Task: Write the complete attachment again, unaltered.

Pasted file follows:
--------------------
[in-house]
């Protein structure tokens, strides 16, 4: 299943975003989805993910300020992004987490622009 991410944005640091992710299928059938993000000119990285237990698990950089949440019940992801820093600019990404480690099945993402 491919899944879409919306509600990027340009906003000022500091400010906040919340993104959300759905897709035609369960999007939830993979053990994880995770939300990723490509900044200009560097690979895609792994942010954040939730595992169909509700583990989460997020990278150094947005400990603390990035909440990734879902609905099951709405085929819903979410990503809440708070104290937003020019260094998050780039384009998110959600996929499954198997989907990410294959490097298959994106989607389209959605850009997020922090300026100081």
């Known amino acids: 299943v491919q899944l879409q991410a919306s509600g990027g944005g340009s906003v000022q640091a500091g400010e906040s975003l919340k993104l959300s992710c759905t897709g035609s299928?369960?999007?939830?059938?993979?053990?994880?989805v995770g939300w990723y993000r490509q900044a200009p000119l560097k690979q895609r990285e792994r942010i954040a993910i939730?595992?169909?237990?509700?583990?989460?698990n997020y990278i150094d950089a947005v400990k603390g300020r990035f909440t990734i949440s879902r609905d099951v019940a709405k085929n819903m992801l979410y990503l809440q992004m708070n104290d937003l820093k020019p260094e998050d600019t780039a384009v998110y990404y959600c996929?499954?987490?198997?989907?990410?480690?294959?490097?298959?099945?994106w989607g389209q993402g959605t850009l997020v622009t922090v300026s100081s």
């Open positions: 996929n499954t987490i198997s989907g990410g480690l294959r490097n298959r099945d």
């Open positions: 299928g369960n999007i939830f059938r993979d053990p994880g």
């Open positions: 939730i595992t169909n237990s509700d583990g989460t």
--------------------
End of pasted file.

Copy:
[in-house]
């Protein structure tokens, strides 16, 4: 299943975003989805993910300020992004987490622009 991410944005640091992710299928059938993000000119990285237990698990950089949440019940992801820093600019990404480690099945993402 491919899944879409919306509600990027340009906003000022500091400010906040919340993104959300759905897709035609369960999007939830993979053990994880995770939300990723490509900044200009560097690979895609792994942010954040939730595992169909509700583990989460997020990278150094947005400990603390990035909440990734879902609905099951709405085929819903979410990503809440708070104290937003020019260094998050780039384009998110959600996929499954198997989907990410294959490097298959994106989607389209959605850009997020922090300026100081």
């Known amino acids: 299943v491919q899944l879409q991410a919306s509600g990027g944005g340009s906003v000022q640091a500091g400010e906040s975003l919340k993104l959300s992710c759905t897709g035609s299928?369960?999007?939830?059938?993979?053990?994880?989805v995770g939300w990723y993000r490509q900044a200009p000119l560097k690979q895609r990285e792994r942010i954040a993910i939730?595992?169909?237990?509700?583990?989460?698990n997020y990278i150094d950089a947005v400990k603390g300020r990035f909440t990734i949440s879902r609905d099951v019940a709405k085929n819903m992801l979410y990503l809440q992004m708070n104290d937003l820093k020019p260094e998050d600019t780039a384009v998110y990404y959600c996929?499954?987490?198997?989907?990410?480690?294959?490097?298959?099945?994106w989607g389209q993402g959605t850009l997020v622009t922090v300026s100081s």
């Open positions: 996929n499954t987490i198997s989907g990410g480690l294959r490097n298959r099945d």
């Open positions: 299928g369960n999007i939830f059938r993979d053990p994880g």
């Open positions: 939730i595992t169909n237990s509700d583990g989460t």